Featuring a brand new sensor capable of producing 16.05-million-pixel images, could the GH2 be the pinnacle of the Micro Four Thirds system? We find out

Product Overview

Overall rating:

Panasonic Lumix DMC-GH2

Metering:
Features:
AWB Colour:
LCD viewfinder:
Dynamic Range:
Build/Handling:
Autofocus:
Noise/resolution:

Product:

Panasonic Lumix DMC-GH2 review

Manufacturer:

Price as reviewed:

£800.00

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Panasonic Lumix DMC-GH2 at a glance:

  • 16.05-million-pixel Four Thirds Live MOS sensor
  • 3in articulated touchscreen
  • Full HD (1920×1080-pixel), 60i video capture
  • New Light Speed AF system
  • Street price around £800 including 14-45mm kit lens

When the Lumix DMC-GH1 was released in March 2009, it was only Panasonic’s second Micro Four Thirds camera. It is easily distinguished from the preceding DMC-G1, as the GH1 uses a slightly larger sensor and has the ability to shoot HD video footage.

Yet with the introduction of the G10 and G2 models, the lines between Panasonic’s G-series cameras became a little blurred. These cameras are aimed at entry-level and enthusiast photographers but, like the GH1, both are capable of shooting video – the G2 even has a touch-sensitive screen.

The Lumix DMC-GH2 re-establishes the G-series hierarchy by employing the best features from each camera, such as the touch-sensitive screen, while also introducing some new features of its own.

These include a sensor with an effective resolution of 16.05 million pixels and a powerful processing system that enables more advanced video capture and faster contrast-detection AF. It also adds the option of capturing 3D images via Panasonic’s new H-FT012E 3D lens.

With this host of new features, the GH2 is at the pinnacle of Panasonic’s G series, but is it the best Micro Four Thirds camera currently available?

  1. 1. Introduction
  2. 2. Features
  3. 3. Build and Handling
  4. 4. Metering
  5. 5. Dynamic Range
  6. 6. Autofocus
  7. 7. White Balance and Colour
  8. 8. Resolution, Noise and Sensitivity
  9. 9. Viewfinder, LCD, Live View and Video
  10. 10. Multi-Aspect Sensor
  11. 11. Our verdict
  12. 12. The competition
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  • Dazay

    I reluctantly upgraded from the non-L 70-300mm because I could no longer put up with the rotating front ring. I use polarizers and SD grads. I didn’t anticipate much optical benefit and was not looking forward to the extra weight, but am pleased that it seems a bit sharper mid-range (but perhaps not much better at 300mm) and the added weight is only a small bother. However if the above filters (and weatherproofing) are not an issue, and you don’t earn a living from it, then I’d stick with the perfectly wonderful cheaper version.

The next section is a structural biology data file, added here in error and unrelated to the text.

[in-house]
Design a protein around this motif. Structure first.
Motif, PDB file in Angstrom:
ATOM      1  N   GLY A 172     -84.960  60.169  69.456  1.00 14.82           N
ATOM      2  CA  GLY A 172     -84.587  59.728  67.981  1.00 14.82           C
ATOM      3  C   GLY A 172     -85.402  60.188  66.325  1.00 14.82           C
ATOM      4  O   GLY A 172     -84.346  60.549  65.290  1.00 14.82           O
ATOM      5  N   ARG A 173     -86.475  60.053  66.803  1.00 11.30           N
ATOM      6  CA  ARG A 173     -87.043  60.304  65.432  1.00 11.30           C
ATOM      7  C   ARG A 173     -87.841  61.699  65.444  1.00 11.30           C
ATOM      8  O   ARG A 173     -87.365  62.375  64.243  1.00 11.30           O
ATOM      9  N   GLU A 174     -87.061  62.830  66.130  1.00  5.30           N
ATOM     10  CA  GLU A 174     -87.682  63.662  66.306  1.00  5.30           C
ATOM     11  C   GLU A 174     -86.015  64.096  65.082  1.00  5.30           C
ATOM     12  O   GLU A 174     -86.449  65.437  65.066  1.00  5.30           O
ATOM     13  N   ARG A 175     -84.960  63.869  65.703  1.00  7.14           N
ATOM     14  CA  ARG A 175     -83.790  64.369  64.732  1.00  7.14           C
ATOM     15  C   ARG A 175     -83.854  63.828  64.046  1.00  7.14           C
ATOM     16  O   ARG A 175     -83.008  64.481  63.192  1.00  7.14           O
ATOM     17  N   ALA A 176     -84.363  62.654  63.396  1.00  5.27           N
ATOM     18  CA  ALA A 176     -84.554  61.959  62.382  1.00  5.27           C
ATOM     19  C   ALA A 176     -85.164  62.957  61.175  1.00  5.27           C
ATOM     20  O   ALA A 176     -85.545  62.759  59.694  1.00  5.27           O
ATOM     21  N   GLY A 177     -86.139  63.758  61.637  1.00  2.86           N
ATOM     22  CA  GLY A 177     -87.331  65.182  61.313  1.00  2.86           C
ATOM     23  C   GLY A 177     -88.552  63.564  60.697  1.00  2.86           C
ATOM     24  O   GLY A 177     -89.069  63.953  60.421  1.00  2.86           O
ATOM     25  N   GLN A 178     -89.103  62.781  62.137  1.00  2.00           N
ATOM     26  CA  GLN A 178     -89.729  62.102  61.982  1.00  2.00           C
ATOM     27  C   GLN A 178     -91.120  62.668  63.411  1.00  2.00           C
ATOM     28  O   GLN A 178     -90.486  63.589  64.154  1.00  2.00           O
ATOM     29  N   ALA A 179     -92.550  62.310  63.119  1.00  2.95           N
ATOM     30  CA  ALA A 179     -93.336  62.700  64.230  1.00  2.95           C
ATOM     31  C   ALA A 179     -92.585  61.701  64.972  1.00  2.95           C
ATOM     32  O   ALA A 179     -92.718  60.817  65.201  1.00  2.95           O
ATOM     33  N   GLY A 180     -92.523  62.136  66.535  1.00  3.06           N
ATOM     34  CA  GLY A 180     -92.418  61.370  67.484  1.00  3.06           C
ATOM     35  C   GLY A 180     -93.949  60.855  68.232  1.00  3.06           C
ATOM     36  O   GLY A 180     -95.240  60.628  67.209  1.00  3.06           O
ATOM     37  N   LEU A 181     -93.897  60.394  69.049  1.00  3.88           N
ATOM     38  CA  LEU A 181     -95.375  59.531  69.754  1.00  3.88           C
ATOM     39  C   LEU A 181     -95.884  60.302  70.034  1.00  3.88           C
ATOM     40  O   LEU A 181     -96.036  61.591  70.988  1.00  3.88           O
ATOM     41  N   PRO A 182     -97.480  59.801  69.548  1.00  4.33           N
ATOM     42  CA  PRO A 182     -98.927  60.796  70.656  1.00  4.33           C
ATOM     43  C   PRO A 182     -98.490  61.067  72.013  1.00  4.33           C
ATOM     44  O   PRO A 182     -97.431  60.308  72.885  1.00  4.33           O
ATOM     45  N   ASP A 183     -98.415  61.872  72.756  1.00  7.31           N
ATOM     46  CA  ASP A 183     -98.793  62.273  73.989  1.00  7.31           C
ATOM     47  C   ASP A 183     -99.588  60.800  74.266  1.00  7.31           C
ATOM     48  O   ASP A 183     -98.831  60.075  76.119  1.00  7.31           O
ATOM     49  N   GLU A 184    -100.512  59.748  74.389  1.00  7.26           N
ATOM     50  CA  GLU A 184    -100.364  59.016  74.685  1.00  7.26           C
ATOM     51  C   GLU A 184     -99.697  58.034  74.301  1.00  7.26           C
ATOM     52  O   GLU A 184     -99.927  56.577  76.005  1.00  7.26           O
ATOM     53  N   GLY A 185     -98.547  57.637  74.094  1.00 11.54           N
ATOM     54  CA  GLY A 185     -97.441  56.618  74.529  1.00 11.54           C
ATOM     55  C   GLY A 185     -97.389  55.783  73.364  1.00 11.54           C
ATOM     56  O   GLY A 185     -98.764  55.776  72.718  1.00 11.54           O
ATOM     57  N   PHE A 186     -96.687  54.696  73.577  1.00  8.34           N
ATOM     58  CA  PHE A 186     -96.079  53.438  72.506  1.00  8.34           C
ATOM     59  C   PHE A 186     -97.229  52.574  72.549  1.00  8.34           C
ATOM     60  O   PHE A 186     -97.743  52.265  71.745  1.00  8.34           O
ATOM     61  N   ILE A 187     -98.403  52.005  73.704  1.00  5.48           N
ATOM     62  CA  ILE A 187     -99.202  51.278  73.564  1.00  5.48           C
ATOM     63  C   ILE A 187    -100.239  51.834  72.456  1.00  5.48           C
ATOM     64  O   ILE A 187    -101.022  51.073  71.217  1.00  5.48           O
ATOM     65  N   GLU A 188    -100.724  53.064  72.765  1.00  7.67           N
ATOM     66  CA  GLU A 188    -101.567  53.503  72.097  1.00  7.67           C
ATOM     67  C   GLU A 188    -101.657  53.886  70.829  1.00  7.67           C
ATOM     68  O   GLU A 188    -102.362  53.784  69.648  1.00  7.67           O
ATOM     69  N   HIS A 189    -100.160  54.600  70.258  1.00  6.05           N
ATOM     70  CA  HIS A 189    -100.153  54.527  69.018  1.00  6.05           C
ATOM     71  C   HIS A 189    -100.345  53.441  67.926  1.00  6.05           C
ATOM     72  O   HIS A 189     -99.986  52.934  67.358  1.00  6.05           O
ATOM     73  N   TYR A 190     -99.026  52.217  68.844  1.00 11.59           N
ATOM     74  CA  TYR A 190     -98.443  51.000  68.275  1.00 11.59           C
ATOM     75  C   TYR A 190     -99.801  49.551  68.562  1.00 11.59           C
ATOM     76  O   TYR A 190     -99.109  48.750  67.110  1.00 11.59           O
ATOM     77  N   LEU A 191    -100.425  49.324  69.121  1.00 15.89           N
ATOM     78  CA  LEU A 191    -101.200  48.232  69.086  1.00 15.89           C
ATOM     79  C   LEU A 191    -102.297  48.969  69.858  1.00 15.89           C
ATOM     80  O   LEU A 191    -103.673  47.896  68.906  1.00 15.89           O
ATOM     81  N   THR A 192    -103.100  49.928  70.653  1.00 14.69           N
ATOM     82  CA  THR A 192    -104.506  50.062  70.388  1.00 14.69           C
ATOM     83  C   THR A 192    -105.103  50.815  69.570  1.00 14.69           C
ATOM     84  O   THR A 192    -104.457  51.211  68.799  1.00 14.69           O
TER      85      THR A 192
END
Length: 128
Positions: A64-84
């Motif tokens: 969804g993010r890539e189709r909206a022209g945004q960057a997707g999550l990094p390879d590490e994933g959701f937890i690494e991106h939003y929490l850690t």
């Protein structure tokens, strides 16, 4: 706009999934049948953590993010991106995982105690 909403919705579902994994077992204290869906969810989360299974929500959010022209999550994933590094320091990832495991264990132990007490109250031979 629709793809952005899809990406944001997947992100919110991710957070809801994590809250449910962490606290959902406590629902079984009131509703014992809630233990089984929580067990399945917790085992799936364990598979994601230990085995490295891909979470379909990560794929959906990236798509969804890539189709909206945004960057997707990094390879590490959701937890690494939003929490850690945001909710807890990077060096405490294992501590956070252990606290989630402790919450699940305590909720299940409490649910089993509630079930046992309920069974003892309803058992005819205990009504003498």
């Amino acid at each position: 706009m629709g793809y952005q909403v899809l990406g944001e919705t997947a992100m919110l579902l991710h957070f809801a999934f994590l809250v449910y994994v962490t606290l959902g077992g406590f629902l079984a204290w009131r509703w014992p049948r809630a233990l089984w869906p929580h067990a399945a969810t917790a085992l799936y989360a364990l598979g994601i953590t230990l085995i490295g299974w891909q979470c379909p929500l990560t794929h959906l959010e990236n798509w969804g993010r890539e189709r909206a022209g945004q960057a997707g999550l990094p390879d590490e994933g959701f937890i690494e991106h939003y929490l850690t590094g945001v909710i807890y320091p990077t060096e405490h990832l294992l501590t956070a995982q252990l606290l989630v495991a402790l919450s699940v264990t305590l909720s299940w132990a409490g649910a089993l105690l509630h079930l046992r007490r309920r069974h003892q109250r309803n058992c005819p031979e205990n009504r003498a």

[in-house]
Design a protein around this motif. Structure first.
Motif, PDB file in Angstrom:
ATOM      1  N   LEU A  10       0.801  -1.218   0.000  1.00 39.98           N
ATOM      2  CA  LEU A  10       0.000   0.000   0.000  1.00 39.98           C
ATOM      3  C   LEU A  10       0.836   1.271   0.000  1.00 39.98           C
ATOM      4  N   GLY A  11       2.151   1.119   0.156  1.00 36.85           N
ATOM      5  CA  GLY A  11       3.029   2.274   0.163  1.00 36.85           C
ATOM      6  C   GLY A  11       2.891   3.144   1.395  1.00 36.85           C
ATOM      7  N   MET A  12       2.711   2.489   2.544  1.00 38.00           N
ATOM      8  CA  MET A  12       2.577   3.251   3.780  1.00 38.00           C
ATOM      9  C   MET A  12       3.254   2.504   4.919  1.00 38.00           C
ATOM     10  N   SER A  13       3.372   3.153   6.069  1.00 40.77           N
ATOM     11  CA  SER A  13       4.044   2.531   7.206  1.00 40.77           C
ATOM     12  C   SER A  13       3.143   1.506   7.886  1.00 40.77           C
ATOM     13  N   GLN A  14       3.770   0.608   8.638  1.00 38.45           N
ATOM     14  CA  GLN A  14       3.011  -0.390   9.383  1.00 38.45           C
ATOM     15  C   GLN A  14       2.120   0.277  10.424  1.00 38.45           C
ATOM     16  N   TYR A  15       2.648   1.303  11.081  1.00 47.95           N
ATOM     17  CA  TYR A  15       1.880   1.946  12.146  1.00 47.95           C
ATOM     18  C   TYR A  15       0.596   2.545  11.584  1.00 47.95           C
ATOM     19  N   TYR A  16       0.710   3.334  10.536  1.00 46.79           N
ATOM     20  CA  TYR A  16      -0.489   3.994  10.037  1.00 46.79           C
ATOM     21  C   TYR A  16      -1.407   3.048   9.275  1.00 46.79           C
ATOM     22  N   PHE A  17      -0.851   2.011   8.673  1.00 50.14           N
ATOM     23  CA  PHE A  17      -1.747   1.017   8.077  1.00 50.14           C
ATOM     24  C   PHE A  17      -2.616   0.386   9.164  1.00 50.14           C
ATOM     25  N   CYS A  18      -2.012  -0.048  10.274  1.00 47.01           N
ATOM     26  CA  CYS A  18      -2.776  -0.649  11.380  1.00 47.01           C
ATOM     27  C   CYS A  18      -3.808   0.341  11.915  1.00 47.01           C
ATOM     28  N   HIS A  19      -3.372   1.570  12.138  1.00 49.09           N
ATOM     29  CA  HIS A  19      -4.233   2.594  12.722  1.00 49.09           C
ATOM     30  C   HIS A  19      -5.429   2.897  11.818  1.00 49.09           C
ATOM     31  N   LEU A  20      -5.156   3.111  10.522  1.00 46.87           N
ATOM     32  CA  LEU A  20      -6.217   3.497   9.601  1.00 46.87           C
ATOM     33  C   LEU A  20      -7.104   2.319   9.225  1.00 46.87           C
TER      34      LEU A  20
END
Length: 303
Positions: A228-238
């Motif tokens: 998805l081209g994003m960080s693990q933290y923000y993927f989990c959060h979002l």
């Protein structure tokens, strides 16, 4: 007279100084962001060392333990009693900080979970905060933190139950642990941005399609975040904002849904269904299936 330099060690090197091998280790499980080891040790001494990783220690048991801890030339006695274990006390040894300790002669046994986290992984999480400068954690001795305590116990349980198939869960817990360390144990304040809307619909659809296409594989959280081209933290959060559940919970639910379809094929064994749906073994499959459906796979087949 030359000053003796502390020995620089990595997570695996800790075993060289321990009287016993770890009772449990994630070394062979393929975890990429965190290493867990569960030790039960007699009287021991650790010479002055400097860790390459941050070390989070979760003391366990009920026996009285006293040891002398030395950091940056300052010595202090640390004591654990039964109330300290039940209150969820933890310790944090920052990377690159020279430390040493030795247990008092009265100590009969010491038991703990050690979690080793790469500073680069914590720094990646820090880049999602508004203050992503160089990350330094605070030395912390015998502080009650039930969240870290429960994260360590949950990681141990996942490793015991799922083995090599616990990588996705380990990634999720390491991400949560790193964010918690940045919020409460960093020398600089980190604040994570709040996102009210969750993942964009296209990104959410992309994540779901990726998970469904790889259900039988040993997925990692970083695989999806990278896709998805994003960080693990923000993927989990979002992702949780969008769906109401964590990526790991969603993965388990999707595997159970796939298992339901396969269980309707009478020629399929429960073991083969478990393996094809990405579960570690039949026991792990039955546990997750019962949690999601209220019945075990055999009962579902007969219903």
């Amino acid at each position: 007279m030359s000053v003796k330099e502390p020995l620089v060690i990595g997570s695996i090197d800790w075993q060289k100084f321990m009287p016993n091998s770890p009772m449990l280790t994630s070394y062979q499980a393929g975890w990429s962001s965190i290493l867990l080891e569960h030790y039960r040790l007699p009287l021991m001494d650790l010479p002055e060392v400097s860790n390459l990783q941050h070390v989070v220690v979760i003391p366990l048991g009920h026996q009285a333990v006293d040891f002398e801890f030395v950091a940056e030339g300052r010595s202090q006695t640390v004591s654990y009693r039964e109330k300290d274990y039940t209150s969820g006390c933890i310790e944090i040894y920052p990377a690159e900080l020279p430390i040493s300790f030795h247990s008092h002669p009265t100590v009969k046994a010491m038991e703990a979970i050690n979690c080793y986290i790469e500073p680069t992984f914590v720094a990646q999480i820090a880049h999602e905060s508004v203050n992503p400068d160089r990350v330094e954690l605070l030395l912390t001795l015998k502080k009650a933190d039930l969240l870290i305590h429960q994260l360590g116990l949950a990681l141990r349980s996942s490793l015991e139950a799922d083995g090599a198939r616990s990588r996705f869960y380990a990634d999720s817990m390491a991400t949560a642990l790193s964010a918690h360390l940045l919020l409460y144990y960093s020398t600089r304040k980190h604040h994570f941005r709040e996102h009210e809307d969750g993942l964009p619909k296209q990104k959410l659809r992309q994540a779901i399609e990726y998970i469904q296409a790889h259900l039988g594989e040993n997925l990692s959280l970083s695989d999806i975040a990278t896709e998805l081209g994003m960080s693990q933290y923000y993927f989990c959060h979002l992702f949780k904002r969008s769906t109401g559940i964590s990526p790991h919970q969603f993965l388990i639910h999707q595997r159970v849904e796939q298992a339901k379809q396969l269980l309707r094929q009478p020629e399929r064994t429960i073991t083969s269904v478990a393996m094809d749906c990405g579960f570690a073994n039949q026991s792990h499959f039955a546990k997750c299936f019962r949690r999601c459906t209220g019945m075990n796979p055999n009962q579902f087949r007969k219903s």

• Gerry McLaughlin

    I own this lens and It isthe best lens I have ever owned. I have never used an aperture smaller than f8 yet it is breathtakingly sharp..
    Even in dull conditions when I have been forced to use f5.6 or f6.3 I am amazed at the quality of the results.
    I use it mainly for aviation photography and I think it is the perfect lens for this subject. many aviation photographers use Canons 100-400 zoom and this is also a superb lens,but it’s rather large and in my experience a bit prone to faults in the zoom mechanism.
    I would thoroughly recommend the 70-00 f4-5.6 lens.

  • Luiz

    I bought this lens to take idonor portraits of my nine-month-old daughter using available light. I was tired of the harsh photos produced by the built-in flash on the Canon 20D or Digital Rebel. A bounce flash improves matters great deal, but I wanted to see what could be done with a fast lens. The Canon 50mm 1.4 gobbles light. It opens up a world of idonor photography that is not possible with a 4.0 lens. The 50mm focal length combined with available light produces natural-looking results. It is exactly what your eye sees. Shadows and highlights are intact. It is a revelation if you’re used to the harsh drop shadows and evenly-lit faces produced by flashes. This is a jarring step up in quality from snapshot to wow As noted, focus is soft at /1.4 and begins to sharpen at /2.0 to /2.8. Not a bad thing, though. Some of my favorite pictures have been produced with the aperture wide open. The depth of field is so narrow at this point, that the subject’s face is in focus, but the shoulders start to blur. I use this lens with a 20D. The balance is perfect, the combination feels very professional and responsive. Operation is very simple. Move the camera into aperture priority mode (Av), look though the view finder and adjust the aperture until you see the shutter speed is faster than 1/30th a second (30). I agonized over the 1.4 vs. the 1.8 versions of this lens. The additional stop does provide more shooting options. Often I’m shooting at the edge of acceptable shutter speed, and juggling both aperture and ISO. Many reviews comparing the two talk about build quality, focus motor speed/noise, etc, but the bottom line for me was the extra stop was totally worth it. If you want to shoot idonors without a flash, get the 1.4. If you simply want a nice sharp lens at this focal length, the 1.8 is for you. As a father, my only regret is I wish I had this lens earlier. From one parent to another, I’ll tell you the price of the lens is irrelevant, as the pictures it produces are priceless. Now, go make a backup of your photo library.

  • john

    why no sony 70-400 mm g.
    so one can see which one is best.